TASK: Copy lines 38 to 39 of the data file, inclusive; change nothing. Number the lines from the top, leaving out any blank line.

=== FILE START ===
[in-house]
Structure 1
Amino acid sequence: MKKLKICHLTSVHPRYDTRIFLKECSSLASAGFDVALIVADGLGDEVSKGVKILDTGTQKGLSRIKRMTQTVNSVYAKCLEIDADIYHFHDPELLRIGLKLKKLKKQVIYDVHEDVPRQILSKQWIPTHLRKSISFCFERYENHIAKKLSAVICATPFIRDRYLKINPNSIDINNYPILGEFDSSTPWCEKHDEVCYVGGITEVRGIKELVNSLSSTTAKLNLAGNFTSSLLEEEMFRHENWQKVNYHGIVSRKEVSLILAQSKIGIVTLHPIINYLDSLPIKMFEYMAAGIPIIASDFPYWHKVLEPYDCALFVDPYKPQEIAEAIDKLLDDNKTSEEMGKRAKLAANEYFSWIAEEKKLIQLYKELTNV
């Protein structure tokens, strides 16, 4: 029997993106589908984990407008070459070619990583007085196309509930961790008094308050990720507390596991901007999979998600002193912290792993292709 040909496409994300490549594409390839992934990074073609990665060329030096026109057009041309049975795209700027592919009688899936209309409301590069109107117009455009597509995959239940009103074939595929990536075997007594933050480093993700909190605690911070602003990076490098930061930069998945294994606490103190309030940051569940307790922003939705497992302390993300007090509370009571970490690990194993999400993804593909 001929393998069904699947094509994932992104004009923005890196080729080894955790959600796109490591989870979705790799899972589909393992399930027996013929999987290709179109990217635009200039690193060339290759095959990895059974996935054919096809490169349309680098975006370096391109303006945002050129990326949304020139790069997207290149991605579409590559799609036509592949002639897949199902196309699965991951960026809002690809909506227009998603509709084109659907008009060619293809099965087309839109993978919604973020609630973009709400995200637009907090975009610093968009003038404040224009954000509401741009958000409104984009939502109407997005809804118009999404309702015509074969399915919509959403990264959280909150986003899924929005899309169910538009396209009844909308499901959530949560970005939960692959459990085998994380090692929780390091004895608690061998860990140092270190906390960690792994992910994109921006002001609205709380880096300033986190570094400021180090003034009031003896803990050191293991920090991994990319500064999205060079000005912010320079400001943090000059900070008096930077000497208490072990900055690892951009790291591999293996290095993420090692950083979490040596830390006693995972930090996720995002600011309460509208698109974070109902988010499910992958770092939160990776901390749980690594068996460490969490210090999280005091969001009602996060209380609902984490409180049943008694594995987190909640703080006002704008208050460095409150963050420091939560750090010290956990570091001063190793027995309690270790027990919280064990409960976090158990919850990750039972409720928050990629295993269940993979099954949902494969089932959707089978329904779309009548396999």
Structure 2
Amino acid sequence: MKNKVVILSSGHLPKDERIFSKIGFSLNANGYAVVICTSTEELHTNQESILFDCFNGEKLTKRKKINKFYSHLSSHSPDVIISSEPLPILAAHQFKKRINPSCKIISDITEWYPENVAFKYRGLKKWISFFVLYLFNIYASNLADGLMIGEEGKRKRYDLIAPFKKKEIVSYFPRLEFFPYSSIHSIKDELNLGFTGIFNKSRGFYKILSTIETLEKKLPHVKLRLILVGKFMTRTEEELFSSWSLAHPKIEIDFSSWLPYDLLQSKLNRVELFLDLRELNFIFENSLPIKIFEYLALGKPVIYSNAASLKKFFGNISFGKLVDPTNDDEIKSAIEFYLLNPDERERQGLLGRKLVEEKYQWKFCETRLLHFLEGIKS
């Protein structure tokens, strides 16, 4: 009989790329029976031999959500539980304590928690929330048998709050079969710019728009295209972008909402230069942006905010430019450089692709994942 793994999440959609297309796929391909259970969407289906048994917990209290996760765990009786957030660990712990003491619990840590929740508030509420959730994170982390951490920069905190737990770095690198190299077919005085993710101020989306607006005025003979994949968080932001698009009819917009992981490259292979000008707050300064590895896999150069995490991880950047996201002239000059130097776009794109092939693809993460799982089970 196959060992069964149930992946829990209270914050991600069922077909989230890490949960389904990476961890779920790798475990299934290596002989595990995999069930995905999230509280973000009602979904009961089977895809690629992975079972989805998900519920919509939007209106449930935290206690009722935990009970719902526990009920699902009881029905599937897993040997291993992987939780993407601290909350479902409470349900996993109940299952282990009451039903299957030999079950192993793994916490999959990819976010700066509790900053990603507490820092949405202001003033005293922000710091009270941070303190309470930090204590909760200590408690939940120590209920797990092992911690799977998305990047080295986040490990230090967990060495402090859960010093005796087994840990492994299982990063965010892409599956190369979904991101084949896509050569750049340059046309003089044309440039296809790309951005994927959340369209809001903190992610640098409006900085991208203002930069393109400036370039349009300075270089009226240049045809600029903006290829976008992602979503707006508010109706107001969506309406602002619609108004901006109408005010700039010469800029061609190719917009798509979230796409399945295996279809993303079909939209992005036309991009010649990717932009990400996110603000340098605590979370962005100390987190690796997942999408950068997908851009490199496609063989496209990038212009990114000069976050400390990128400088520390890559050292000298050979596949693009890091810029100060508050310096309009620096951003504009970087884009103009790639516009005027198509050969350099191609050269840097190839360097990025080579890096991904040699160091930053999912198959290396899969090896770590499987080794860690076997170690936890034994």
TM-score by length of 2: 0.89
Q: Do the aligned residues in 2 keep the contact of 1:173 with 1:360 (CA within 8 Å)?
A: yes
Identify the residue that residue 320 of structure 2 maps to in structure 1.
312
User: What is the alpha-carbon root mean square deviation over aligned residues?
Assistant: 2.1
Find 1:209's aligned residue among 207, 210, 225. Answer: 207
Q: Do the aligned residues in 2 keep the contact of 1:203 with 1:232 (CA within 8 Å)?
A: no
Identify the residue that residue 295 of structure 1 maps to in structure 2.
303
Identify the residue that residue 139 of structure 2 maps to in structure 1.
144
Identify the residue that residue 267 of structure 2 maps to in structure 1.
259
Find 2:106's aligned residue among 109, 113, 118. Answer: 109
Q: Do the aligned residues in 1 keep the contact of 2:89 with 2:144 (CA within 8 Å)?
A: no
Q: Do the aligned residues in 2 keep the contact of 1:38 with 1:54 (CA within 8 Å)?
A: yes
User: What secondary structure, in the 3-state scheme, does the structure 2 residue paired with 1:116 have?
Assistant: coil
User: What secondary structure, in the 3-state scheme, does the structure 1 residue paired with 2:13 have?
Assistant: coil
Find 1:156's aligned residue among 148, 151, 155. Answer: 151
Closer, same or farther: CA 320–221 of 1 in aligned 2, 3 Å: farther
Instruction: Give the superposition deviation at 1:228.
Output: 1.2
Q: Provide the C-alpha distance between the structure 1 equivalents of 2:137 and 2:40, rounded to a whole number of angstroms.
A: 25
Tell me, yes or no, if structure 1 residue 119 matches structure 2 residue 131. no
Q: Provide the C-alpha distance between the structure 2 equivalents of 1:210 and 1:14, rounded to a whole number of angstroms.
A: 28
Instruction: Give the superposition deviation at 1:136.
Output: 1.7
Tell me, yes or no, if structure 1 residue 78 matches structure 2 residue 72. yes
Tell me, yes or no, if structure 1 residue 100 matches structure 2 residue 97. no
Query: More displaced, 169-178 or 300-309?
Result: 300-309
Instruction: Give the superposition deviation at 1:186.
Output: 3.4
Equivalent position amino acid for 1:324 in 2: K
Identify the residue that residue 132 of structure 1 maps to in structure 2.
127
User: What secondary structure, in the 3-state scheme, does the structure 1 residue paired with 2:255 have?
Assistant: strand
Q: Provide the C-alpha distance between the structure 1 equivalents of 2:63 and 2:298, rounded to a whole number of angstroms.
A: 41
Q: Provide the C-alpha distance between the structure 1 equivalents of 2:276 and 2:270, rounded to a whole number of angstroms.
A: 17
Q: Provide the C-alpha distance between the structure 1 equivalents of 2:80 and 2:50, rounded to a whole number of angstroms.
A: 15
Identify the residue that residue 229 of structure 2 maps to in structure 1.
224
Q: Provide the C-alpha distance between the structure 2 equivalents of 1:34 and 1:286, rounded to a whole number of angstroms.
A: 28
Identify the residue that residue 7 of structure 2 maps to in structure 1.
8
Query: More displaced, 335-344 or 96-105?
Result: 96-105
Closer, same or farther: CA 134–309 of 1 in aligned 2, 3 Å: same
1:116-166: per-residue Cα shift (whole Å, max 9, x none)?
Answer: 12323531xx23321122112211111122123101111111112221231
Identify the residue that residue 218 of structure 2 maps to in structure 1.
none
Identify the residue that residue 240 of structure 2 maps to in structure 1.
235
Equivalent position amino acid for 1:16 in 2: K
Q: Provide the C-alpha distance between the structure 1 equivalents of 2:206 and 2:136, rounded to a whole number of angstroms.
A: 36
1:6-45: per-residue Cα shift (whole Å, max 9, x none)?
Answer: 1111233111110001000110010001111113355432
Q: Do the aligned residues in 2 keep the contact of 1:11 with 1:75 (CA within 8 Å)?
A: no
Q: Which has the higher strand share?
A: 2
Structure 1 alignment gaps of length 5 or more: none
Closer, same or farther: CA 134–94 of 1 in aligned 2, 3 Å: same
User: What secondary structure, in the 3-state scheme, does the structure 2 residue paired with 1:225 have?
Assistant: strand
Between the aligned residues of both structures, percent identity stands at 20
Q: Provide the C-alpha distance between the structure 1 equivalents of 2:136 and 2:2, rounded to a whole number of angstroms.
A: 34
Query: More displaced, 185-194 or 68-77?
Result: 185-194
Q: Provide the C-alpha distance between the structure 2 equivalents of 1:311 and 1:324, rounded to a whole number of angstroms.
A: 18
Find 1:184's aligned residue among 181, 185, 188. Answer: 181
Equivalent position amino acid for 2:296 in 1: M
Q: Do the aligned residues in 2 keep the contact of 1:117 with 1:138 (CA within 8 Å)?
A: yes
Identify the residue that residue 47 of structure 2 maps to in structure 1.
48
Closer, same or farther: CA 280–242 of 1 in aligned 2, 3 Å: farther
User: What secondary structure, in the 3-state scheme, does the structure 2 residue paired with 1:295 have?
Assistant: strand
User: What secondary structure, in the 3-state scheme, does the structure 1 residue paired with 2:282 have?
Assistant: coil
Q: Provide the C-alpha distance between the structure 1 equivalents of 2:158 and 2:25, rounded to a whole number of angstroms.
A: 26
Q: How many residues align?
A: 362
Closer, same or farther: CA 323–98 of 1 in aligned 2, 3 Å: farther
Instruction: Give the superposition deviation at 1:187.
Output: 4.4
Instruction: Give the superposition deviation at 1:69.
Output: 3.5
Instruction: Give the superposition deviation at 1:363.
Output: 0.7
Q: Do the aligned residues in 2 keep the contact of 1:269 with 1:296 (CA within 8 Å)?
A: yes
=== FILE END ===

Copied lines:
A: 25
Tell me, yes or no, if structure 1 residue 119 matches structure 2 residue 131. no